Unique in Europe, the Dutch central bank now requires Bitcoin exchanges to prove that their users actually control their withdrawal addresses.
Bitconic, a Netherlands-based Bitcoin (BTC) exchange, has informed its users that they now need to comply with a new verification measure in order to continue to use their services. The change comes following new requirements from the Dutch central bank, which were published in Nov. 2019 and stipulate that:
"Crypto service providers must check whether their clients and any ultimate beneficiary owners (UBOs) are on a Dutch or European sanctions list and report any hits to DNB. Risk-based checks are not permitted [...] compliance also entails that institutions must check incoming and outgoing payment transfers."
Bitonic has informed customers that they must now, therefore, provide additional details, including which kind of wallet they use. They must also verify that they are the "legitimate" controller of the Bitcoin address they provide to make withdrawals from Bitonic. To do this, they need to upload a screenshot from their wallet or sign a message.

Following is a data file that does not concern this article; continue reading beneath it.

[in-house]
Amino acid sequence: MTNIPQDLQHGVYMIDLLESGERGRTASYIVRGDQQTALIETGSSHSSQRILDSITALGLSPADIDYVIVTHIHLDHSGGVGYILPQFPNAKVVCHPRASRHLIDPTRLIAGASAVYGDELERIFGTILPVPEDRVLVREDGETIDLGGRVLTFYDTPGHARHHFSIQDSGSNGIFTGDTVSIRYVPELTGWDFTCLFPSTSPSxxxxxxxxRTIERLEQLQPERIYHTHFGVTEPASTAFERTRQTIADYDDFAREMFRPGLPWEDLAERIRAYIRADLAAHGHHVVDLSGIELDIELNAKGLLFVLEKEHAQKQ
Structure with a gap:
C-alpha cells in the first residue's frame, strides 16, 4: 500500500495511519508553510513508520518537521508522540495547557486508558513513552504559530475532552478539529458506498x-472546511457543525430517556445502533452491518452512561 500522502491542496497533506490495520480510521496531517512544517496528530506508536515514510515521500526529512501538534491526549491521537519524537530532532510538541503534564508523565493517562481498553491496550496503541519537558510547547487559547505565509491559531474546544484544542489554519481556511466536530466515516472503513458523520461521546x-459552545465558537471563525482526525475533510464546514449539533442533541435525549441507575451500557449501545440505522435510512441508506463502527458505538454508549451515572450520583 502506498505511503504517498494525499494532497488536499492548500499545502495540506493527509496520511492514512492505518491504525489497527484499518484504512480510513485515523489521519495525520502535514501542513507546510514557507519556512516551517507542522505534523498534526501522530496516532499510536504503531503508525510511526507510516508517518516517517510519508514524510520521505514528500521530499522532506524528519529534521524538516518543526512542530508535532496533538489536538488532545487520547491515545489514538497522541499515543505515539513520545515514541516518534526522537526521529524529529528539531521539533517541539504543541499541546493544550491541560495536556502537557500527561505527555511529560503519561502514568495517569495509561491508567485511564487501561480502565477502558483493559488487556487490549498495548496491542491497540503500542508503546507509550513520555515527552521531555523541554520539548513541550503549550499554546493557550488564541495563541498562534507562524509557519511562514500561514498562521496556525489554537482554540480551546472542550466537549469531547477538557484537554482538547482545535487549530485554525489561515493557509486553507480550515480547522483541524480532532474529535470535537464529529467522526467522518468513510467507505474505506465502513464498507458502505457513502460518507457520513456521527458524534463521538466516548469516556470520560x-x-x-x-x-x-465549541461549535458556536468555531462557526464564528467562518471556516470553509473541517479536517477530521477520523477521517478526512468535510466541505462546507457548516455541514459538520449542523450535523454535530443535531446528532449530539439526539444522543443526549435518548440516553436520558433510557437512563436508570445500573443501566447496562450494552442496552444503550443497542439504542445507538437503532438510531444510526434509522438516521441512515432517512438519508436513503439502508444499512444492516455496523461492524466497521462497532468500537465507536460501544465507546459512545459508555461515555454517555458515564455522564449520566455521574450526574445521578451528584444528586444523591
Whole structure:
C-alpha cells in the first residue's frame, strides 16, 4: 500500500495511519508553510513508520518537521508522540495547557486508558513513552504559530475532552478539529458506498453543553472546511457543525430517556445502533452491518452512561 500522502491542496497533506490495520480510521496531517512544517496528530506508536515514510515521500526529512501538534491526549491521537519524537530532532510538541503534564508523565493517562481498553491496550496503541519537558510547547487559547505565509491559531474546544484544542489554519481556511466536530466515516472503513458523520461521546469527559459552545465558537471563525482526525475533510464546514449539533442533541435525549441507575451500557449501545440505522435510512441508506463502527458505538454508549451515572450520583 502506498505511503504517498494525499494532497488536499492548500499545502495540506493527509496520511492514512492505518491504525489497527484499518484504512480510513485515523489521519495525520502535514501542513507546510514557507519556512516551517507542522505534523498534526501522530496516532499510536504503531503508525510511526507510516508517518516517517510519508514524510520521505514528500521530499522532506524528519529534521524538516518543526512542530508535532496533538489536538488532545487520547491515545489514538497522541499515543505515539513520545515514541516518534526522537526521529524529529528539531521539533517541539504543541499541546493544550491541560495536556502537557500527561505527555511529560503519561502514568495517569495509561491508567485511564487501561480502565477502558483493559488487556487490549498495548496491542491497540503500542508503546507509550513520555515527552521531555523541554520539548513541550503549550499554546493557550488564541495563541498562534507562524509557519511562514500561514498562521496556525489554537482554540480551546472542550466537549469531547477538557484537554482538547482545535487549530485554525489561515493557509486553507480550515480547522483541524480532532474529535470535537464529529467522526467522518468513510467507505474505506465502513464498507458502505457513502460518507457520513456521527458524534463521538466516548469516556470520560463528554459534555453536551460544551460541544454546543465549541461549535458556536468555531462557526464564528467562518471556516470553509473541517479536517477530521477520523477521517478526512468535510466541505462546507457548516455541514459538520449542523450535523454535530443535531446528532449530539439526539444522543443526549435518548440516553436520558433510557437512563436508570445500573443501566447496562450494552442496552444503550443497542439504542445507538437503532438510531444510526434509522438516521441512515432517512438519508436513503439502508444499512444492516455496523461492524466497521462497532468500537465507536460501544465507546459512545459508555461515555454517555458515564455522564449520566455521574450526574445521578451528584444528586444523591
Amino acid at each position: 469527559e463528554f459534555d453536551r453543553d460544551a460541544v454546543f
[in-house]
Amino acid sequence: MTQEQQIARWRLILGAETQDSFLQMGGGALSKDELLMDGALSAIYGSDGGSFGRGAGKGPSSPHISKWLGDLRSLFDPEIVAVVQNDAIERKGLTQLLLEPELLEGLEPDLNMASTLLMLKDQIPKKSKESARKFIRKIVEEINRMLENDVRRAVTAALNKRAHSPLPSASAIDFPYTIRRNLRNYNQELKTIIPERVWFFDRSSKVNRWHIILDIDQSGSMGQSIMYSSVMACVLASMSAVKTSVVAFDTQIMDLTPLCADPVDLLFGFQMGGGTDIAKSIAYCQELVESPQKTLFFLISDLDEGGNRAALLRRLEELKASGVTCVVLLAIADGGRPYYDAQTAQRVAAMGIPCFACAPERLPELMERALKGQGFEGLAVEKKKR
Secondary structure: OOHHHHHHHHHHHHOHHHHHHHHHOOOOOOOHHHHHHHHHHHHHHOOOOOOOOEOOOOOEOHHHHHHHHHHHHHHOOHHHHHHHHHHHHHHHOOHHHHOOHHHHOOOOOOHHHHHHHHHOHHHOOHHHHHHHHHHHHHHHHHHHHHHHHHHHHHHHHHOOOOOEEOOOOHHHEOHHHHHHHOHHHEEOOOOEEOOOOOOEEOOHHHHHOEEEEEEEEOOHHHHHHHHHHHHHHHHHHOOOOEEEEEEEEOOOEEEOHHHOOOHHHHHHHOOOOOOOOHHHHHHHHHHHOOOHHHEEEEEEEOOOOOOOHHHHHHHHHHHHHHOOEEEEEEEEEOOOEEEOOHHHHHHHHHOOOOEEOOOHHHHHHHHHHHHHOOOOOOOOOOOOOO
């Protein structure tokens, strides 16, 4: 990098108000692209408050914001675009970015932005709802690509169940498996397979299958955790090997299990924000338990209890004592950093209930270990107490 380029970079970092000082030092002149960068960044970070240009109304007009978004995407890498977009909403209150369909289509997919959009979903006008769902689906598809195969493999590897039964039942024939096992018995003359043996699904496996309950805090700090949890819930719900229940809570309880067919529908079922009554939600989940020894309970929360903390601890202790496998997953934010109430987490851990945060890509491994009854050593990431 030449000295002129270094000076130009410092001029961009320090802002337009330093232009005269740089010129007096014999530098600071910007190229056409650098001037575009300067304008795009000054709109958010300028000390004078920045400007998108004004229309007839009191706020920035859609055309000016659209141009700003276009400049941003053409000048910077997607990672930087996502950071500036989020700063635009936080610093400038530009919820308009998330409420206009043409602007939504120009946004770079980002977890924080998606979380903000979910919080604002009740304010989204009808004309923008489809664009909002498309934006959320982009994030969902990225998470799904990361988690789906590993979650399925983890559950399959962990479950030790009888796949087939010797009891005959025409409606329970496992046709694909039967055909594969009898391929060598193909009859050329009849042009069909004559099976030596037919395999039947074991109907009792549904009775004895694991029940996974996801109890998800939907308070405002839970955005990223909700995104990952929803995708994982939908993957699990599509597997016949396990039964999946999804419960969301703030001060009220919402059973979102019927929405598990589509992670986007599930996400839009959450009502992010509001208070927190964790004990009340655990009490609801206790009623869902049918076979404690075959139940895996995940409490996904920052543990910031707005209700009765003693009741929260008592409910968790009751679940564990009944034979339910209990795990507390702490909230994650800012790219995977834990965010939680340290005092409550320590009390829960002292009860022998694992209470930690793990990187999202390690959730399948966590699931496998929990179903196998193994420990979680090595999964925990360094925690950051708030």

All these measures, Bitonic states, are "a nuisance," emphasizing that "we do not agree with the measures ourselves." Crypto journalist Aaron van Wirdum notes on Twitter that the requirements far exceed those put on crypto firms in the rest of Europe:
As imposed by the Dutch central bank (@DNB_NL), Bitcoin exchanges in The Netherlands must now ask their customers to "prove" they really control their withdrawal address. No other European country requires this.— Aaron van Wirdum (@AaronvanW) November 17, 2020
Via @Bitonic: https://t.co/UEtVJD3e5z. pic.twitter.com/Nbsa9usSWF
In April of this year, as part of its implementation of the European Union’s Fifth Anti-Money Laundering Directive, or AMLD5, the Dutch Ministry of Finance mandated the Dutch Central Bank to monitor the country's cryptocurrency industry. Already then, experts warned that the finance ministry could be overreaching its authority in appointing the institution to oversee crypto firms.
“This is much more than what the [AMLD5] has indicated. This envisaged way of supervision is unusual,” said Dutch lawyer Frank 't Hart at the time.